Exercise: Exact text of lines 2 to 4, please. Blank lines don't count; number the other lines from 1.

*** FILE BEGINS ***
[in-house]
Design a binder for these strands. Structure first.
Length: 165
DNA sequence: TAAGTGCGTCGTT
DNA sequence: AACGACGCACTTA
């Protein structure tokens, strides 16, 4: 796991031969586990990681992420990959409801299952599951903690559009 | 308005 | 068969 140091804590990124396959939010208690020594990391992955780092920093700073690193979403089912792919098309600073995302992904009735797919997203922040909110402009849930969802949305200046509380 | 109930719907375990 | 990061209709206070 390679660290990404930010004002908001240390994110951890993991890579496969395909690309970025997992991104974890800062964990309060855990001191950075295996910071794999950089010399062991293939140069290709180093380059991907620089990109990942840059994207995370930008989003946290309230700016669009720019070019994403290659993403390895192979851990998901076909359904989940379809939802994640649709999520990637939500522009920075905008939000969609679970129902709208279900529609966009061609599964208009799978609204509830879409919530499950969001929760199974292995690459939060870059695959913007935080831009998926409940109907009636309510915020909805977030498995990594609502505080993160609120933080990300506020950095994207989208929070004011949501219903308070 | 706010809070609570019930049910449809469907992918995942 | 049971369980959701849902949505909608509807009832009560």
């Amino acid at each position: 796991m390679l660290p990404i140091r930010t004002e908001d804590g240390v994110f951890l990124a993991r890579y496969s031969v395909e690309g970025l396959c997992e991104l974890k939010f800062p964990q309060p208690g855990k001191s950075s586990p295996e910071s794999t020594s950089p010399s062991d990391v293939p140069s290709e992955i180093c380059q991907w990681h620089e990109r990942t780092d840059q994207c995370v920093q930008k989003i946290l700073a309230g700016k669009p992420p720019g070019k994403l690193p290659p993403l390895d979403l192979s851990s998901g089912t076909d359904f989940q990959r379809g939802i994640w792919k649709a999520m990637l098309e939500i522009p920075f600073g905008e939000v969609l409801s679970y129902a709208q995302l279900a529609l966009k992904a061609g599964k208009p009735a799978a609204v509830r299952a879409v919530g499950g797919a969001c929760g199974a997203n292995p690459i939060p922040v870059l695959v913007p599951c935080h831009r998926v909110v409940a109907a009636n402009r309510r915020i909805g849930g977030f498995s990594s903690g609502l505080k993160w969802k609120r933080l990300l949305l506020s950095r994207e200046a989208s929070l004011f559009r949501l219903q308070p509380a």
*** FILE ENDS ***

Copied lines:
Design a binder for these strands. Structure first.
Length: 165
DNA sequence: TAAGTGCGTCGTT